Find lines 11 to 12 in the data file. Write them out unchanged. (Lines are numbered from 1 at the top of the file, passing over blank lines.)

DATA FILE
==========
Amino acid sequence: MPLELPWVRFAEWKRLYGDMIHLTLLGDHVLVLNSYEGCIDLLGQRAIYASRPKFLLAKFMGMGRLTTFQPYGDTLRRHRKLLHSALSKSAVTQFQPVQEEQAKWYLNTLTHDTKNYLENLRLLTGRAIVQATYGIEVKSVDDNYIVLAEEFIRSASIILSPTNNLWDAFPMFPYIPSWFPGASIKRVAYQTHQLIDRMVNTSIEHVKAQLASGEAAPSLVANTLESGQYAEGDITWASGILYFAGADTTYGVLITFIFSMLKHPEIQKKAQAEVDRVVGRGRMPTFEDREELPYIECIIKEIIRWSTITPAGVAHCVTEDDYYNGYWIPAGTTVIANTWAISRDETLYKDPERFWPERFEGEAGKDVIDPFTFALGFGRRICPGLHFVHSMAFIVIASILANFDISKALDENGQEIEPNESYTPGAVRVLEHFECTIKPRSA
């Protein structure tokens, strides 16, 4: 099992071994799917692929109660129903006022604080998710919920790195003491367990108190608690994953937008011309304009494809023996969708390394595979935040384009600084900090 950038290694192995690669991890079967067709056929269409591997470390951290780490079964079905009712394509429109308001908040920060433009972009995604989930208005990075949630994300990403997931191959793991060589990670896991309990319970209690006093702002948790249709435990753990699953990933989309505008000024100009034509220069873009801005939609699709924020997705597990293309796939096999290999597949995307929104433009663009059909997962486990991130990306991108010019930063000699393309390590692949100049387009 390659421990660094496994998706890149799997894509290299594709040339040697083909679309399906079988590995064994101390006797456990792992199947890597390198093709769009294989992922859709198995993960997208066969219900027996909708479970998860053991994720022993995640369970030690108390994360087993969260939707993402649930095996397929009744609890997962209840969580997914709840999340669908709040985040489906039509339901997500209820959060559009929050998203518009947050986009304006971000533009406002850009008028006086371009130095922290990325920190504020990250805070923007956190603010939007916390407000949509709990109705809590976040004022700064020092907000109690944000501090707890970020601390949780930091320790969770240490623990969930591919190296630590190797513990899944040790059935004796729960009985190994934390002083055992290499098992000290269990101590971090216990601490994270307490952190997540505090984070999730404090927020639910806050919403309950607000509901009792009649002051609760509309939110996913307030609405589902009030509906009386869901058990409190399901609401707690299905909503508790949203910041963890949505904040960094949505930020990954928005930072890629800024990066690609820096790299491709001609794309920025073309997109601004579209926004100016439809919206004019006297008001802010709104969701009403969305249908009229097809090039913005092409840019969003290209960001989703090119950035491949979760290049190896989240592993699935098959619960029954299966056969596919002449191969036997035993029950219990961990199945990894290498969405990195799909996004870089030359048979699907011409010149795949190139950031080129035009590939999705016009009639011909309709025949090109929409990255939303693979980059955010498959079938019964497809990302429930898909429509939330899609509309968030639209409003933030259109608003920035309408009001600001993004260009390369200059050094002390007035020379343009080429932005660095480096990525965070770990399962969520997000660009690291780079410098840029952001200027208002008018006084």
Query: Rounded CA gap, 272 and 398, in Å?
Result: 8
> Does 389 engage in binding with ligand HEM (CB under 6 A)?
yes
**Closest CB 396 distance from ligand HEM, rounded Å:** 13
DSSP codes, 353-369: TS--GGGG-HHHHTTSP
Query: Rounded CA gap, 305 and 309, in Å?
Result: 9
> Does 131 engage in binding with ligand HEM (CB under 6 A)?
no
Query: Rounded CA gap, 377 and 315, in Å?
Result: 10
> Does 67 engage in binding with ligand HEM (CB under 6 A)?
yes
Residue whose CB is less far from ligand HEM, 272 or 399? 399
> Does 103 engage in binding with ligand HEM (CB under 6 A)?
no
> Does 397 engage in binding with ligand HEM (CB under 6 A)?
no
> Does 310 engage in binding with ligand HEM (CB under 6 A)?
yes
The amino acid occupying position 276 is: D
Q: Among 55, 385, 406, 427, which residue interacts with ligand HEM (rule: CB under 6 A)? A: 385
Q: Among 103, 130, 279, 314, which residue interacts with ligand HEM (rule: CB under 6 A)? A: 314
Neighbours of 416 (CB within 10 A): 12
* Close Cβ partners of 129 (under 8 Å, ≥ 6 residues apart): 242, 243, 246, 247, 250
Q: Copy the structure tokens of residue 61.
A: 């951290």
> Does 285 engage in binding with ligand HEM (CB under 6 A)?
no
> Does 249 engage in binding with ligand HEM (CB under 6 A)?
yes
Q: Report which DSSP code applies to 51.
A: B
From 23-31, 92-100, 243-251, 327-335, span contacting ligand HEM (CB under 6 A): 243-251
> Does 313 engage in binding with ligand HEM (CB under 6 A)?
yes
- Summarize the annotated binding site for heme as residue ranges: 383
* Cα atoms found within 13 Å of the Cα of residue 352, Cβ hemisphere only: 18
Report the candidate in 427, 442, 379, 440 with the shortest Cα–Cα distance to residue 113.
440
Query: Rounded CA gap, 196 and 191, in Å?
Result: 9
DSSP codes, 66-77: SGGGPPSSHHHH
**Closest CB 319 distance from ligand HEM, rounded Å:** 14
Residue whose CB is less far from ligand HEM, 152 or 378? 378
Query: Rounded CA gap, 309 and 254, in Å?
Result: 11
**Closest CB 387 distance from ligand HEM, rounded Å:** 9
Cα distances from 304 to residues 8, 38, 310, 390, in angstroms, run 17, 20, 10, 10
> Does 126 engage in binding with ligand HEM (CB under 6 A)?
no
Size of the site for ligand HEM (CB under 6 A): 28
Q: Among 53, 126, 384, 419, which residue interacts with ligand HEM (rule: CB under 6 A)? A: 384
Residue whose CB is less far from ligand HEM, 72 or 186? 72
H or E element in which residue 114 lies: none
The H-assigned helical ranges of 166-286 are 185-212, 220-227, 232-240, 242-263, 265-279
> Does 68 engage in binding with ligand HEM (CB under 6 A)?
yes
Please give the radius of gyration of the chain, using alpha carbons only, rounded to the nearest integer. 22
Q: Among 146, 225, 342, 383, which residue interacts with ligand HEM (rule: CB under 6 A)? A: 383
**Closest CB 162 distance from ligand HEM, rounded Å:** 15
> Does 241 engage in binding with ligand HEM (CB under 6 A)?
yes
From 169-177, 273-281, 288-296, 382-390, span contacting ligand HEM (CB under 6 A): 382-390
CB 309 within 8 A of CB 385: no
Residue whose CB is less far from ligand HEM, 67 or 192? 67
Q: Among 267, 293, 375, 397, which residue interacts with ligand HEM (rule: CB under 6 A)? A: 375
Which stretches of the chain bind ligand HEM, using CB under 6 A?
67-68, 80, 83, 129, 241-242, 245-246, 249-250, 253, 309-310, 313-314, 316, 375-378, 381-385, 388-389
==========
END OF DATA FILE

> Does 131 engage in binding with ligand HEM (CB under 6 A)?
no